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No. Barley contains gluten. It contains around 5 to 8 percent gluten, so it shouldn’t be consumed by people with celiac disease or non-celiac gluten sensitivity.
Gluten is found in many whole grains, including wheat and rye. Gluten is a group of proteins that work like glue to help foods hold their shape. In some people, it causes inflammation of the small intestine, a condition known as celiac disease. People who don’t have celiac disease but who still experience symptoms after eating gluten may have non-celiac gluten sensitivity.
Barley is a cereal grain and member of the grass family. It’s adaptable to both dry and wet environments, so barley is farmed in many parts of the United States and throughout the world.
Only a small percent of barley produced in the United States is used for human consumption. Most barley (95 percent) is used for animal feed and to make malt to produce beer.
Barley is processed in several ways, including:
- hulled barley or whole-grain barley has had its inedible outer shell carefully removed to avoid nutrient loss (this is the least processed version of barley)
- pearled barley has had its tough, inedible outer shell removed and then polished (nutrient losses occur more often with pearled barley than in hulled or whole-grain barley)
- barley flour is made of ground pearled barley or whole-grain barley
- barley flakes resemble oatmeal made of pearled or whole-grain barley
- barley grits are made from small pieces of pearled or whole-grain barley
- barley malt is made by soaking and drying barley kernels and allowing them to germinate
Like wheat and other grains that contain gluten, barley can be tricky to identify. It has several aliases and is often hiding in plain sight. Barley is used as a thickener and a flavor enhancer in many processed foods.
Barley may be found in:
- food coloring
- brewer’s yeast
- snack foods
- protein bars
- brown rice syrup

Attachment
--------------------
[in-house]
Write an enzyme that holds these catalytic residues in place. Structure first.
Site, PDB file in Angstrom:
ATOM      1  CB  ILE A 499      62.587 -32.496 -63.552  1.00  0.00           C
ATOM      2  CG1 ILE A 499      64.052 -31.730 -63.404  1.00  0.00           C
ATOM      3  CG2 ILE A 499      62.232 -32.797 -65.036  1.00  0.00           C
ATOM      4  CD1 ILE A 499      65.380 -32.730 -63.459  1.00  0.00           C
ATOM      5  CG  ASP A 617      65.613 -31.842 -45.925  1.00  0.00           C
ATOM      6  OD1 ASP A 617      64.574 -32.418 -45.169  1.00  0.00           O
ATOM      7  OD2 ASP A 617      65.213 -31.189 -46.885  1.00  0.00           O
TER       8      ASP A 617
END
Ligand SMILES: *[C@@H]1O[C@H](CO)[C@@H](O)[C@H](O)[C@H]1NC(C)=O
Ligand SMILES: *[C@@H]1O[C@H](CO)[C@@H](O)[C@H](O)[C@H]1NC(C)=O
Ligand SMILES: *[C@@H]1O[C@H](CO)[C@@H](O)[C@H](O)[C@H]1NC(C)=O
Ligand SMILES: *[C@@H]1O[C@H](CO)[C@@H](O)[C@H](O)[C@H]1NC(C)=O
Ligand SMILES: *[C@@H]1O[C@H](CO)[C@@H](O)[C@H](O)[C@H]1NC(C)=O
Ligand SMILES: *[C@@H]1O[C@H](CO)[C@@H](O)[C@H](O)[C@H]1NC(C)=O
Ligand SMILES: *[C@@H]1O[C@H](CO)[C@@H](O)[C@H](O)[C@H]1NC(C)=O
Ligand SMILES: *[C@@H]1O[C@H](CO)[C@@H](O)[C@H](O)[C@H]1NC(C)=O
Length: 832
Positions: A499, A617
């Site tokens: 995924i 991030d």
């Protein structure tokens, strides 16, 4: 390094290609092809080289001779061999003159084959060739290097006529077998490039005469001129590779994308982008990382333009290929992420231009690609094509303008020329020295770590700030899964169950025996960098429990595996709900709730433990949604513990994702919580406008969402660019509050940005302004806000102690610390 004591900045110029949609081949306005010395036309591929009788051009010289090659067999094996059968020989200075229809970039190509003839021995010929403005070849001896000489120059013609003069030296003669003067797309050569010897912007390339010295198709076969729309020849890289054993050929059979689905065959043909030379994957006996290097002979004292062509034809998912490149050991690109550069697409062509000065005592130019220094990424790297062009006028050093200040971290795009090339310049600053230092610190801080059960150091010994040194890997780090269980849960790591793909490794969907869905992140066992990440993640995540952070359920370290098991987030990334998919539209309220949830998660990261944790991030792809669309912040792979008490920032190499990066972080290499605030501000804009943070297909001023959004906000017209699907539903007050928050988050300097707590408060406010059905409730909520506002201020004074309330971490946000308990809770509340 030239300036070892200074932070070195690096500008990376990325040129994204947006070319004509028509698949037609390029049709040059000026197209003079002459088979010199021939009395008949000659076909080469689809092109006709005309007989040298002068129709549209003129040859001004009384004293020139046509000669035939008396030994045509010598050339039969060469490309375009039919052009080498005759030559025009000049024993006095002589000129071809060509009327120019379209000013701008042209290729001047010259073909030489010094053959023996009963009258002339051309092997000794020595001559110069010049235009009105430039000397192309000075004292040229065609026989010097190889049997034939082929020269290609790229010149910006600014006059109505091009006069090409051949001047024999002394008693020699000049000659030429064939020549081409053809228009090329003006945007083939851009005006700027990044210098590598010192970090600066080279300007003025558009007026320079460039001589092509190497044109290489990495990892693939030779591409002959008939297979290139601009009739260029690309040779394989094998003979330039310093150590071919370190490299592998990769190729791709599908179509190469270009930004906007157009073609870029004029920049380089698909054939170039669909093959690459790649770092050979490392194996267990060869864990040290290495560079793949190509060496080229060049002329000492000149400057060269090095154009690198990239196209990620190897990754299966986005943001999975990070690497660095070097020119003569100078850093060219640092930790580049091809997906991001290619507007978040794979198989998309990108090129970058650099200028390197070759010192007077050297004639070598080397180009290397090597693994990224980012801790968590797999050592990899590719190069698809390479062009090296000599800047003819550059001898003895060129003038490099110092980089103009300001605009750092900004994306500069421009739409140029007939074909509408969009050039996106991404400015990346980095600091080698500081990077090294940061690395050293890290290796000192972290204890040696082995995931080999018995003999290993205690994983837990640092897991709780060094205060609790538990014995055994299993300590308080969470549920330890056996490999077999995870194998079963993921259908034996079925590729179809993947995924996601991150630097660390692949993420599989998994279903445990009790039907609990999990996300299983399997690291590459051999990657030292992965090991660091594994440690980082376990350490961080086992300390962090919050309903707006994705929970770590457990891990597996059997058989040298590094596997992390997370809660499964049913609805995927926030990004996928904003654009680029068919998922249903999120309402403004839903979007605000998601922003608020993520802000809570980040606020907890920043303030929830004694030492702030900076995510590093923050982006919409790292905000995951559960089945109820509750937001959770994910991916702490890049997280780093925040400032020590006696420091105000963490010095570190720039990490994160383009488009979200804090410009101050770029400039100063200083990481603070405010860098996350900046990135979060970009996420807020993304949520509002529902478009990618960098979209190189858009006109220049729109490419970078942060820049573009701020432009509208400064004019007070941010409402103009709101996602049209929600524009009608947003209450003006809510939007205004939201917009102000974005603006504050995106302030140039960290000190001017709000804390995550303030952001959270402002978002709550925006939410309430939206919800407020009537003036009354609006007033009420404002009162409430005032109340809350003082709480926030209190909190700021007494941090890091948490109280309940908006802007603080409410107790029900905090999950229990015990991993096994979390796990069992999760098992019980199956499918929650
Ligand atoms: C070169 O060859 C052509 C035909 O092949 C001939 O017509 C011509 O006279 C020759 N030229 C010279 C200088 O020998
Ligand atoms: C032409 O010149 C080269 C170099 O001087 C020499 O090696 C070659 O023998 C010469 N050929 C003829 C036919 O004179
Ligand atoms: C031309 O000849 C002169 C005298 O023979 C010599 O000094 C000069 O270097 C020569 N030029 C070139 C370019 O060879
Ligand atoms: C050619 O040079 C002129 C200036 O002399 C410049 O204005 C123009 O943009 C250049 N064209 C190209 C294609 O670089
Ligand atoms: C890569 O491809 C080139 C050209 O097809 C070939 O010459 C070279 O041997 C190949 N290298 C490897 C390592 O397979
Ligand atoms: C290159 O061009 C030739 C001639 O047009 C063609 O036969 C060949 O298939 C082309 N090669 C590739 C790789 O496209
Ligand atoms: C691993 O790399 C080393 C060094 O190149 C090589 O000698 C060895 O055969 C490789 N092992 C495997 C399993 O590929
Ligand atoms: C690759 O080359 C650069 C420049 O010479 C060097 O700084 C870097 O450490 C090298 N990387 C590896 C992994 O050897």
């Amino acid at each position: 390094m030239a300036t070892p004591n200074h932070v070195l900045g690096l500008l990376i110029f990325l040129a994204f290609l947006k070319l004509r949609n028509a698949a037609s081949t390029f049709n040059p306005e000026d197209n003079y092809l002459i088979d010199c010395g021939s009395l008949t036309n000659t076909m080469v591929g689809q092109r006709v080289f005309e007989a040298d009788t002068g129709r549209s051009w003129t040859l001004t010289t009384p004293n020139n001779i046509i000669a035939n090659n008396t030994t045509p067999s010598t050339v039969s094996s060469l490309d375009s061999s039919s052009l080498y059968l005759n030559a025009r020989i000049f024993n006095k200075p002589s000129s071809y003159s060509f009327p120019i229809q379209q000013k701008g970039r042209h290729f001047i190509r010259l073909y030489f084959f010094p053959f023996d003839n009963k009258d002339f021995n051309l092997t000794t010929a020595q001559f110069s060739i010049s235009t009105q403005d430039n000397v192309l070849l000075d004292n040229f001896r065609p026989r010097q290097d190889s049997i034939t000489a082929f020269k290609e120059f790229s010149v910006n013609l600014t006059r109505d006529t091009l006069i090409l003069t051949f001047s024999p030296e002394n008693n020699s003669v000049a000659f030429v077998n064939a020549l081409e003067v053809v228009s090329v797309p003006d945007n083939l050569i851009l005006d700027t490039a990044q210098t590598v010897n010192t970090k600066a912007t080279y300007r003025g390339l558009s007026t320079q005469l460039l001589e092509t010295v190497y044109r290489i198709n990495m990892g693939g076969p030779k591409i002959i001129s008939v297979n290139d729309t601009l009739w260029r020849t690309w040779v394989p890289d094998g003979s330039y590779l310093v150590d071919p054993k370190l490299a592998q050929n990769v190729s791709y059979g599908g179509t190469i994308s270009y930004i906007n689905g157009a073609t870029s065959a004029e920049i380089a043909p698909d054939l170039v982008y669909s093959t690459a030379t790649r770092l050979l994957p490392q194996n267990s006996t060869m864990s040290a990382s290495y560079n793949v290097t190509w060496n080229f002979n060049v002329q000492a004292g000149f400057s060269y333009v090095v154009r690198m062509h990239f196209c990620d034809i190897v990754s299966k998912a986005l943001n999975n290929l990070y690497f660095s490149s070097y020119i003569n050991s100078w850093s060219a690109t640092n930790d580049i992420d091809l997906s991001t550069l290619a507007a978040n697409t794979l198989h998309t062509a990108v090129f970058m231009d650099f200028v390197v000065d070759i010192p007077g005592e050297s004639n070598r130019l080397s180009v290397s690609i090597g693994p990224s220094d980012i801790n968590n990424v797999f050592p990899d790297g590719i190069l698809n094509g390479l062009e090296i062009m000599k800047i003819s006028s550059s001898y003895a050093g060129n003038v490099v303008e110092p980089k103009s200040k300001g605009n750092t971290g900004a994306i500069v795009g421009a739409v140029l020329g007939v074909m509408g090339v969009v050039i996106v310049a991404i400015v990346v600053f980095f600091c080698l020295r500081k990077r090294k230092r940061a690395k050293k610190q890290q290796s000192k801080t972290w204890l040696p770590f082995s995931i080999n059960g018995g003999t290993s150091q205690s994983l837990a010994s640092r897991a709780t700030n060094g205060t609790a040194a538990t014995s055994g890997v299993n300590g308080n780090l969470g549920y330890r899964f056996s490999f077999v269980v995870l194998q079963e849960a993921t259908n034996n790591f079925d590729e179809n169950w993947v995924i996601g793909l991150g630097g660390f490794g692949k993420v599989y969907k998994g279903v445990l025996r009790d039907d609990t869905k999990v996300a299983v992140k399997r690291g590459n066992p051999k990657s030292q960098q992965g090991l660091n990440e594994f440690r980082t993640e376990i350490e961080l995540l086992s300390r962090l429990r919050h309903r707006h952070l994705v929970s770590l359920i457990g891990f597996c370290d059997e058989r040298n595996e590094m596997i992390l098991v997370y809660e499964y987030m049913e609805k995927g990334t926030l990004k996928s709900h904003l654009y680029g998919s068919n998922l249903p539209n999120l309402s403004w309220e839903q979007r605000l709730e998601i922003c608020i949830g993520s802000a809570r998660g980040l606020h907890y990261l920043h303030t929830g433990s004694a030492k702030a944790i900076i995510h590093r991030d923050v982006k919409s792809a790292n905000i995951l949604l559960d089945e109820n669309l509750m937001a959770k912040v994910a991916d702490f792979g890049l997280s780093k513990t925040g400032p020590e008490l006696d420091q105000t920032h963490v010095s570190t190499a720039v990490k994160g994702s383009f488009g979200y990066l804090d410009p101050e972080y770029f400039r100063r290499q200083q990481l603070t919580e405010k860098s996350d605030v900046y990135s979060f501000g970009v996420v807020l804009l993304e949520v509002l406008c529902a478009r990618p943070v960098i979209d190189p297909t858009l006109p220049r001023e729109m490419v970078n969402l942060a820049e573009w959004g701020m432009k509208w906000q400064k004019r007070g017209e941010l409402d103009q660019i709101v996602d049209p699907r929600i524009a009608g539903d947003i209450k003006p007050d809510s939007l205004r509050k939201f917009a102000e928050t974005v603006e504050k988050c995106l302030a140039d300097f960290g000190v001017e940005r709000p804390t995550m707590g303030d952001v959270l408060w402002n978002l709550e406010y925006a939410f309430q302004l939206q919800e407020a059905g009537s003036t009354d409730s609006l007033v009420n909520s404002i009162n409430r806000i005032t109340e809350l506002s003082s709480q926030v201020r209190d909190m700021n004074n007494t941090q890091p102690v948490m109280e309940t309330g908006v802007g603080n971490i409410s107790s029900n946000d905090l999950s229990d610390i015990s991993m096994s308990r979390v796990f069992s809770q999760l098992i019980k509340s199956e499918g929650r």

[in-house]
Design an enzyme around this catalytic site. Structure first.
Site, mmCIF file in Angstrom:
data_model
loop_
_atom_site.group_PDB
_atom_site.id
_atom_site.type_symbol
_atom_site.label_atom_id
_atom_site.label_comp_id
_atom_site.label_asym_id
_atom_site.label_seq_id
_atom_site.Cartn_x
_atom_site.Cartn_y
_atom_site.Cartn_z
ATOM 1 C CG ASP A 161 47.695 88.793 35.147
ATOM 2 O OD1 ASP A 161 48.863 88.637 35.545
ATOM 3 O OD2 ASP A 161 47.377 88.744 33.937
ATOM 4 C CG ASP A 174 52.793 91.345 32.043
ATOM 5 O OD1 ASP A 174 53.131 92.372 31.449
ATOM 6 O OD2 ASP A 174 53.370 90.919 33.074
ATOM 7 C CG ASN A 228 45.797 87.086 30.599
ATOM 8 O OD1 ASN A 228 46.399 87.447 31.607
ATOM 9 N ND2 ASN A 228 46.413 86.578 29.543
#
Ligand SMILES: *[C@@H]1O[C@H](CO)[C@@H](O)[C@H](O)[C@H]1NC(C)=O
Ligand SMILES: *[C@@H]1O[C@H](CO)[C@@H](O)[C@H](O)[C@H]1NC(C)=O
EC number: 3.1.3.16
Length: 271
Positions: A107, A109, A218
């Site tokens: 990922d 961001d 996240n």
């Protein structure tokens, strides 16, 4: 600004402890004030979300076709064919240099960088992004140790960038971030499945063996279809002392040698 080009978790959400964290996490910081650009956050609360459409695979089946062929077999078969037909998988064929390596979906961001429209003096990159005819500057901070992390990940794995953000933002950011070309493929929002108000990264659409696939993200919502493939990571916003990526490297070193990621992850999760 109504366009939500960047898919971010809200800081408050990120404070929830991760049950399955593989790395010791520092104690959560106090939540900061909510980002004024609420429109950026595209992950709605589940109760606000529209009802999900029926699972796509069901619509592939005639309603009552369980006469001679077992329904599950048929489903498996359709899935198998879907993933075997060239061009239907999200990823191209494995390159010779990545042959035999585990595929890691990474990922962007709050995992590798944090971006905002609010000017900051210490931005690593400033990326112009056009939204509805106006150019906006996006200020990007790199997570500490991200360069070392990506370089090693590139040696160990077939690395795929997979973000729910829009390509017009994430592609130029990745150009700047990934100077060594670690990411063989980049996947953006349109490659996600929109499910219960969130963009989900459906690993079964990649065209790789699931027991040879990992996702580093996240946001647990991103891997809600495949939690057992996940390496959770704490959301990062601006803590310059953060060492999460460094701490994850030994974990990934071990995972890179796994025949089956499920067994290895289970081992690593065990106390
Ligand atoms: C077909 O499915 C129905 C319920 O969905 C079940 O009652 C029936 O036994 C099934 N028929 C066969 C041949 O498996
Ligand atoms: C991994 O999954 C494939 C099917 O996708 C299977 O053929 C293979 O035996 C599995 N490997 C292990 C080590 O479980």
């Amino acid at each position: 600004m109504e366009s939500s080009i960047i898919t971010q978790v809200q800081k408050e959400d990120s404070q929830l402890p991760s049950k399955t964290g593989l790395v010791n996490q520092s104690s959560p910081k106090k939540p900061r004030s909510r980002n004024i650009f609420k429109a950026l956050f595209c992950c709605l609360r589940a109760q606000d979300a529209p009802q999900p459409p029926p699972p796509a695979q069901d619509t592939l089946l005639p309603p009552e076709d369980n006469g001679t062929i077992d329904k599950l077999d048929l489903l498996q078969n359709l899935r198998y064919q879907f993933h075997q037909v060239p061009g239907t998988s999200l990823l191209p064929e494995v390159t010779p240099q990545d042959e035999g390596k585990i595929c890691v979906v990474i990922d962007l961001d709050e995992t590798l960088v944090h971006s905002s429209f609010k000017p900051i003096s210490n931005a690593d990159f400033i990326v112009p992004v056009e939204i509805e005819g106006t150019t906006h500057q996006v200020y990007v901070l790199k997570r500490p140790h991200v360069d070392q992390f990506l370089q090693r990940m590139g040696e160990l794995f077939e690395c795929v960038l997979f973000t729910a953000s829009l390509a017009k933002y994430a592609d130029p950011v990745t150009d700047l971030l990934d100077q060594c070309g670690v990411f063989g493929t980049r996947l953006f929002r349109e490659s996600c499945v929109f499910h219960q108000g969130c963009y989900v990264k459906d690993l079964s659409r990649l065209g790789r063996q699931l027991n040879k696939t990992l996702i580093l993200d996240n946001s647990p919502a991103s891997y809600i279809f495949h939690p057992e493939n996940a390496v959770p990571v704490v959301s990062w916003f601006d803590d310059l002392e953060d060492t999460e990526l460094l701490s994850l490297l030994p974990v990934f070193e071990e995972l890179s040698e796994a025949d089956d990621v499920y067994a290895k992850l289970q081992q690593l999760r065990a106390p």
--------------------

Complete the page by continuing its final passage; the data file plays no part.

- malted milkshakes
- malted milk
- malt vinegar
On food labels, barley is referred to as:
- malted barley flour
- barley flour
- barley flavoring
- barley enzymes
- malt extract
- malt flavoring
- maltose (malt sugar)
- malt syrup
- caramel coloring (when made from barley malt)
According to Gluten Free Watchdog, some so-called gluten-free products may still contain barley. If you’re avoiding gluten, read food labels carefully.
You don’t have to give up whole grains if barley and gluten are off-limits. Some gluten-free grains that may be used instead of barley are:
- wild rice
Though beans and lentils are in the pulse or legume category, they offer many of the same nutrients that whole grains do. Green lentils are the best lentil choice as a whole-grain replacement because they hold their shape.
Oats are naturally gluten-free, but some brands may be contaminated with wheat and can’t claim gluten-free status. Brands that offer uncontaminated oats are:
If you’re a beer lover, try these gluten-free beers:
There are many benefits of adding whole grains to your diet. Whole grains are low in fat and a good source of complex carbs and fiber. Studies have linked whole grains to a lower risk of heart disease, diabetes, and some types of cancer. But if you are sensitive to gluten, some whole grains may make you sick.
All whole grains are good for you. They’re a much better diet choice than refined or enriched grains. Don’t be nervous to think outside the whole grain box and explore less popular grains such as buckwheat, millet, and amaranth.
Get the health benefits of whole grains with these gluten-free recipes:
Even though it has wheat in its name, buckwheat is gluten-free. This recipe combines buckwheat flour with buttermilk and other common ingredients to create light and airy pancakes. The recipe includes instructions for a roasted strawberry topping, but you could also use your favorite fruit or gluten-free syrup. Get the recipe.
Warm quinoa breakfast
Kick boring porridge to the curb, and try this quinoa breakfast cereal instead. It features quinoa cooked in almond milk and bananas. It’s topped with cinnamon, dried cranberries, and flaxseed. Get the recipe.
Skillet amaranth cornbread
Ground amaranth and cornmeal add authentic flavor to this cornbread recipe. Get the recipe.
Millet sandwich bread
If you want to make homemade, gluten-free bread for sandwiches, give this recipe that uses millet flour a try. You’ll need to purchase some common gluten-free ingredients such as potato starch and tapioca flour, but the bread comes together easily. Get the recipe.
Teff date bread
Teff, pitted dates, psyllium husks, and spices make this recipe stand out. It’s great for breakfast or dessert. Get the recipe.
Barley is a healthy whole grain, but it’s not gluten-free. Its gluten content is low, but it may only take a tiny amount to make people with celiac disease sick. To make sure you don’t accidentally eat barley, learn how to identify it on food labels. Be sure to read labels every time you shop. Food manufacturers often change ingredients without warning.
Try experimenting with ways to add gluten-free whole grains to your diet. Buckwheat and quinoa are good substitutes for barley in soups and stews. Brown rice or green lentils are also great substitutes in many recipes.